Roger Waters calls Berlin gig controversy a “smear” aiming to “silence me”

The former Pink Floyd member is to be investigated by Berlin police over Nazi-style clothing worn at a recent gig of his in the German capital

Roger Waters has shared a statement in which he calls the recent controversy over his Berlin gig a “smear” aiming to “silence” him.

This week, it was revealed that the former Pink Floyd member is to be investigated by Berlin police over Nazi-style clothing worn at a recent gig of his in the German capital.

The gig came after Waters provoked backlash after making a reference to Anne Frank at one of his earlier concerts in Germany, in which he wore an outfit that some deemed as having connotations to the Second World War.

This particular segment of the show revolved around a character from Pink Floyd’s ‘The Wall’, who imagines himself as a fictional fascist dictator during a hallucination. When playing the character, Waters donned a black trench coat and wore a red armband featuring two crossed hammers.

After Berlin police spokesperson Martin Halweg told The Guardian that “an investigation has been opened over the costume displayed at the concerts on 17 and 18 May,” Waters shared a statement on his Twitter account today (May 27) hitting back at the criticism and investigations.

Discussing how the gigs had “attracted bad faith attacks from those who want to smear and silence me because they disagree with my political views,” Waters said that anyone considering the gigs’ message to be anything but anti-fascist is “disingenuous and politically motivated”.

He added: “The elements of my performance that have been questioned are quite clearly a statement in opposition to fascism, injustice, and bigotry in all its forms,” he said.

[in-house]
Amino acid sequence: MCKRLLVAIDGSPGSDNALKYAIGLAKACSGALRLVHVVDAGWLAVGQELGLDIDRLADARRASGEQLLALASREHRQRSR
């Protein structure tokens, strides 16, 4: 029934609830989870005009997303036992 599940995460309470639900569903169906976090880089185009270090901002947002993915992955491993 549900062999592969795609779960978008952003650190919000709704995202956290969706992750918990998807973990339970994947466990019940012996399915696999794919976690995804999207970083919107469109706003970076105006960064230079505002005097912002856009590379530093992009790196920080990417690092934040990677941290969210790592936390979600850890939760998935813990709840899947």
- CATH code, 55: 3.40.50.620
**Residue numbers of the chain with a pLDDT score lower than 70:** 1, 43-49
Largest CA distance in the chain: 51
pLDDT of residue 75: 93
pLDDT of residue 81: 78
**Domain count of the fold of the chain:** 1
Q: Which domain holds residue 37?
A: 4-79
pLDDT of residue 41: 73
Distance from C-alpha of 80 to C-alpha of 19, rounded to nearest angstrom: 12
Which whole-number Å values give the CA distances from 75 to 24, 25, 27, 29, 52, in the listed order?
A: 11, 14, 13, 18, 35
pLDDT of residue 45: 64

“The depiction of an unhinged fascist demagogue has been a feature of my shows since Pink Floyd’s ‘The Wall’ in 1980.”

He added: “I have spent my entire life speaking out against authoritarianism and oppression where I set it… My parents fought the Nazis in World War II, with my father paying the ultimate price.

“Regardless of the consequences of the attacks against me, I will continue to condemn injustice and all those who perpetrate it.”

The show was part of the ongoing leg of Waters’ ‘This Is Not A Drill’ farewell tour, and was one of the two shows that were originally cancelled in the country following controversy regarding comments which many viewed as anti-semitic.

Waters has repeatedly denied all accusations of anti-semitism and explained that his disdain is towards Israel, not Judaism. He also accused Israel of “abusing the term anti-semitism to intimidate people like me into silence”.

Both shows were initially cancelled by the municipal government due to the musician’s views on Israel, before the decision was overturned.

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